by Elaine Lee

Leebinsoyeon, A Rubbish Bag Man said, ‘what does joy shape like?’, candle, 2022; Soybean wax, chain, cotton wick. Available through Cava Life, Seoul. Image courtesy of Cava Life.

What does it mean to be an artist working in the digital sphere? What constitutes creativity in a world where we constantly transition between on and offline? Do we ever log off? What is the potential for remote art consumption, and the significance of its physical enjoyment? These are a few of the many questions being tossed around at Cava Life, a creative agency and online platform based in Seoul.

“Our mission is to connect more artists to the public, and to promote those we believe deserve more attention,” says Sue Choi, co-founder of Cava Life. “It all started from one question: how can we make contemporary art more approachable?”

Upon entering their website,, users are met with a colorful array of artworks, furniture, and miscellaneous objects, from collectible trinkets to bigger-ticket buys. There is a stainless-steel chair reminiscent of butterfly wings, a waving tree made from fabric, cotton, and wood, and a pair of bulbous candles chained to each other, BDSM-style. The order they’re presented in changes with every refresh of the page, a randomization meant to highlight their diversity. “We represent over 400 artists, ranging from industry veterans with decades of experience to newcomers who’ve yet to graduate from college,” explains Choi.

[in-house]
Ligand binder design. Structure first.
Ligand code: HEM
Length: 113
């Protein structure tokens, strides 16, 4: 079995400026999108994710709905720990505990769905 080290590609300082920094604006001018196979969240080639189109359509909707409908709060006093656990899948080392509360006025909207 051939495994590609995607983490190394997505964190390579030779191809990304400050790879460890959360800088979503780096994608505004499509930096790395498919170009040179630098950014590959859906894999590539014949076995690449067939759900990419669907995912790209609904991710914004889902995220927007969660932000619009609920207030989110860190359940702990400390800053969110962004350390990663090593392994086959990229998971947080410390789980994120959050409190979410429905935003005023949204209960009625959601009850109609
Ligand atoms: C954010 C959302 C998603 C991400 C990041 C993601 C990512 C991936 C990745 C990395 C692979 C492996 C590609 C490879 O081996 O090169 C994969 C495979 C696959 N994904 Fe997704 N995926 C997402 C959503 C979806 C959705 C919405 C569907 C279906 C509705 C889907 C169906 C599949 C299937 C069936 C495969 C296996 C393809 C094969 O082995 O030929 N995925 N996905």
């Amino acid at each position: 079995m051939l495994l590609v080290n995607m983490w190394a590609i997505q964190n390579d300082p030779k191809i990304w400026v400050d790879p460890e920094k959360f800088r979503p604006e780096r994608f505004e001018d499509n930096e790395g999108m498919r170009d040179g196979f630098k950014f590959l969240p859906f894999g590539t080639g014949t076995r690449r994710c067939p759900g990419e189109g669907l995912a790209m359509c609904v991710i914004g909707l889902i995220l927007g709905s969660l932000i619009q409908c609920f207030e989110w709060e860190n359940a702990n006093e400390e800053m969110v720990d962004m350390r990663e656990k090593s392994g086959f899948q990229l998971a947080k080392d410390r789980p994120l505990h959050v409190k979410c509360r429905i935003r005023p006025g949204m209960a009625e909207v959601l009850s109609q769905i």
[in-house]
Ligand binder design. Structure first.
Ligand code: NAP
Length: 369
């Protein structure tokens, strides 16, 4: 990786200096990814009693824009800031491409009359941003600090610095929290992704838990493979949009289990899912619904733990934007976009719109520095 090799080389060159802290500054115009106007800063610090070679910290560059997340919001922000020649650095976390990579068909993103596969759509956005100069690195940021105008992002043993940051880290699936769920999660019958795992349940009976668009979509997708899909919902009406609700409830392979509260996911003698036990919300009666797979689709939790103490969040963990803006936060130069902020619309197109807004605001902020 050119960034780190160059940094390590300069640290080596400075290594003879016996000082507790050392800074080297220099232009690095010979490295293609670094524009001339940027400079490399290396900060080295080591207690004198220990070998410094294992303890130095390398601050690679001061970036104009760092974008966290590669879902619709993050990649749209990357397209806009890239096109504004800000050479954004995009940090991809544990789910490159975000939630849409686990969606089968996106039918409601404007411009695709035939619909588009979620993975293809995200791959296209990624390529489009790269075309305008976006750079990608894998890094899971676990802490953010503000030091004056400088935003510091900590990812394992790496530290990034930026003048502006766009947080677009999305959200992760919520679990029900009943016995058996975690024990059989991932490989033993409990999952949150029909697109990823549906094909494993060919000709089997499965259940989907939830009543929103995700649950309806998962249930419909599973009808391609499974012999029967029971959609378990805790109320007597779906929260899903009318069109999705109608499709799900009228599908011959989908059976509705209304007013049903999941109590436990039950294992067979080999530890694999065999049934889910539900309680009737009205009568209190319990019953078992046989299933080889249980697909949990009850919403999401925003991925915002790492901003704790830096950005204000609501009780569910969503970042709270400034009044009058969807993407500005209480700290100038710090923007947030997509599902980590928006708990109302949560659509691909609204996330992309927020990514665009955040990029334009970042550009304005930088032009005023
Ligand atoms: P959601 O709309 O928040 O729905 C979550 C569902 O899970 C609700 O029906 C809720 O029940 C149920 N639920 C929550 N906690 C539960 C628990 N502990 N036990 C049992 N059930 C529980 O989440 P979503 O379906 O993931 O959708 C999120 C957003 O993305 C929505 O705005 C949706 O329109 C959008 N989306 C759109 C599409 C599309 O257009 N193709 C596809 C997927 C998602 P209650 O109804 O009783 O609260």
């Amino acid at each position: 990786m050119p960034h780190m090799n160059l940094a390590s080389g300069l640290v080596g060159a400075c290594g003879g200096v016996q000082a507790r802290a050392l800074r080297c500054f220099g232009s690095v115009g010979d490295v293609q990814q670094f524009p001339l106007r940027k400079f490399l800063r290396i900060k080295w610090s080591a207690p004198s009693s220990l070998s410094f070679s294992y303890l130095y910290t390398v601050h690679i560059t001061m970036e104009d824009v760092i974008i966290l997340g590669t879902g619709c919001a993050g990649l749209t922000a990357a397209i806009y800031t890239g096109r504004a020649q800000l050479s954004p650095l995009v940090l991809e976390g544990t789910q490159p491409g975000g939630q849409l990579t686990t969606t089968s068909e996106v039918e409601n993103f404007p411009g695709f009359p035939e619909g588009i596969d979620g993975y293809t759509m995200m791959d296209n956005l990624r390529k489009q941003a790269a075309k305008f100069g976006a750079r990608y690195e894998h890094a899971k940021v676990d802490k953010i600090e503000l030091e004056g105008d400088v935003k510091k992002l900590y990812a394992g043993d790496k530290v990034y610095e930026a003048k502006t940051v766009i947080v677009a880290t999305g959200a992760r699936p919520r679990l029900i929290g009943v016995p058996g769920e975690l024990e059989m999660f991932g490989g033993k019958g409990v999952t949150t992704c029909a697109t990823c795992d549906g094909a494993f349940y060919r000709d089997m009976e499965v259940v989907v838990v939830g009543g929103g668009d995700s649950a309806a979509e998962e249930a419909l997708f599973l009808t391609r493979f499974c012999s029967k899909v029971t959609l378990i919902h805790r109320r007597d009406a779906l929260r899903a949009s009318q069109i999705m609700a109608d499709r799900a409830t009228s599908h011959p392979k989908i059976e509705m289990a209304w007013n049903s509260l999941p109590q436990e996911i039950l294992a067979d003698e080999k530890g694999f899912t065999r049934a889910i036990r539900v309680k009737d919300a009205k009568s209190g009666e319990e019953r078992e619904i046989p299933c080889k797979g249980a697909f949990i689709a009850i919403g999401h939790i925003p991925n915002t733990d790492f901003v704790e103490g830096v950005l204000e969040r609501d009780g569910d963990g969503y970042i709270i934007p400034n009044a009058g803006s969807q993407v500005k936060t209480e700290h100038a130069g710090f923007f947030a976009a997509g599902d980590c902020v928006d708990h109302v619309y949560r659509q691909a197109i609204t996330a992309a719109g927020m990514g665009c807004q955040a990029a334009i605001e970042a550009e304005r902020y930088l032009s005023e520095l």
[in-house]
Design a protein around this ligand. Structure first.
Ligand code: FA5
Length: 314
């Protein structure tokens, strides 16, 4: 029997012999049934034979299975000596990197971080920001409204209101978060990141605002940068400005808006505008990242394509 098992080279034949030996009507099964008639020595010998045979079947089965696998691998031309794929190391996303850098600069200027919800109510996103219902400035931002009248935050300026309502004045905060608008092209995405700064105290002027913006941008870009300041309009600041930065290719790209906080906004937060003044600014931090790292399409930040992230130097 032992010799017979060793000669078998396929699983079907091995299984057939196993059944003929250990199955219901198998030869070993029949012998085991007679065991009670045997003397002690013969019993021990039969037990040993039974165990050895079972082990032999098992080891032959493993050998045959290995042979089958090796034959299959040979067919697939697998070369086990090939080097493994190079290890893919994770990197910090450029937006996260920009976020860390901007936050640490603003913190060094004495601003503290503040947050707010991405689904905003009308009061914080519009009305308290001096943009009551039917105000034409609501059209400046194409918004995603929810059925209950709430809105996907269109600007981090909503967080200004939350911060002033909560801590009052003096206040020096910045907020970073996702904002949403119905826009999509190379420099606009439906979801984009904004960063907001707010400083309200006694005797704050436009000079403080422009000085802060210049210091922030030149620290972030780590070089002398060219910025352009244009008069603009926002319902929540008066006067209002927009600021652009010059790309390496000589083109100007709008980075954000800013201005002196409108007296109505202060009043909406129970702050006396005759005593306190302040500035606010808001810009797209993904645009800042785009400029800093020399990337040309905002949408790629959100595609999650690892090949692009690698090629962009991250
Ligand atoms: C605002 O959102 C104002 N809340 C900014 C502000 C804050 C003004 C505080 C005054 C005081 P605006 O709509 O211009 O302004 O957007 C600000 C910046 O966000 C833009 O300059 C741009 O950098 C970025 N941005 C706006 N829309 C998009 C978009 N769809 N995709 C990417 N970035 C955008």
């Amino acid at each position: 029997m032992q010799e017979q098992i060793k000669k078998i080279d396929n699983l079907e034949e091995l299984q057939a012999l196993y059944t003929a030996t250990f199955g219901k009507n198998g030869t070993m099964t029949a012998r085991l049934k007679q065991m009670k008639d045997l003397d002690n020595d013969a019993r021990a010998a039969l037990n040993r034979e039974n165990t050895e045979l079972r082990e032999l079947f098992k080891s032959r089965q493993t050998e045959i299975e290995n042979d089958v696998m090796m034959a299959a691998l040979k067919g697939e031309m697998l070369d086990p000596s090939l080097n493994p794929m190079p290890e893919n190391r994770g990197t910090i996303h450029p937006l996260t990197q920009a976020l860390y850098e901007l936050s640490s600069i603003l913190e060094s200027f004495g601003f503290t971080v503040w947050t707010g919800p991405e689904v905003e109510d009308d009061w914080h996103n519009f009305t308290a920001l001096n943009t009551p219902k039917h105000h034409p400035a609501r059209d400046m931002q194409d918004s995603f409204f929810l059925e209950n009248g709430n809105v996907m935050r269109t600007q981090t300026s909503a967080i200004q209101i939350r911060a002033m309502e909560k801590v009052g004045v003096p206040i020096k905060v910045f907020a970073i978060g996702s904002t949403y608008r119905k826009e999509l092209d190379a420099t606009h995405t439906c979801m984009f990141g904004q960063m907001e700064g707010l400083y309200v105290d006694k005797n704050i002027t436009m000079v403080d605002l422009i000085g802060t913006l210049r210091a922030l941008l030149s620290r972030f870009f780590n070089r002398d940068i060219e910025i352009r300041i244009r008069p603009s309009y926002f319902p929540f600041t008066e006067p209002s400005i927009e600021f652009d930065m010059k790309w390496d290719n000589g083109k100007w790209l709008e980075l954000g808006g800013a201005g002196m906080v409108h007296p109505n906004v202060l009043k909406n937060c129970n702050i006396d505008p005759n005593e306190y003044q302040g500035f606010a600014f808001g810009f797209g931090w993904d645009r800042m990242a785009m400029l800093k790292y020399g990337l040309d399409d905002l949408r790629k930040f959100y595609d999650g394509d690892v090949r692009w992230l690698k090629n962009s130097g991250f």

The one commonality running through Cava Life’s diverse and eclectic lineup is the willingness of each creator to showcase their work online. “All of our artists are so different in style and medium, but they want to engage with an online audience,” Choi says. “We’ve had some artists who were offended by the way we display everyone’s work, because we don’t prioritize more tenured artists, but that’s 100-percent fine.”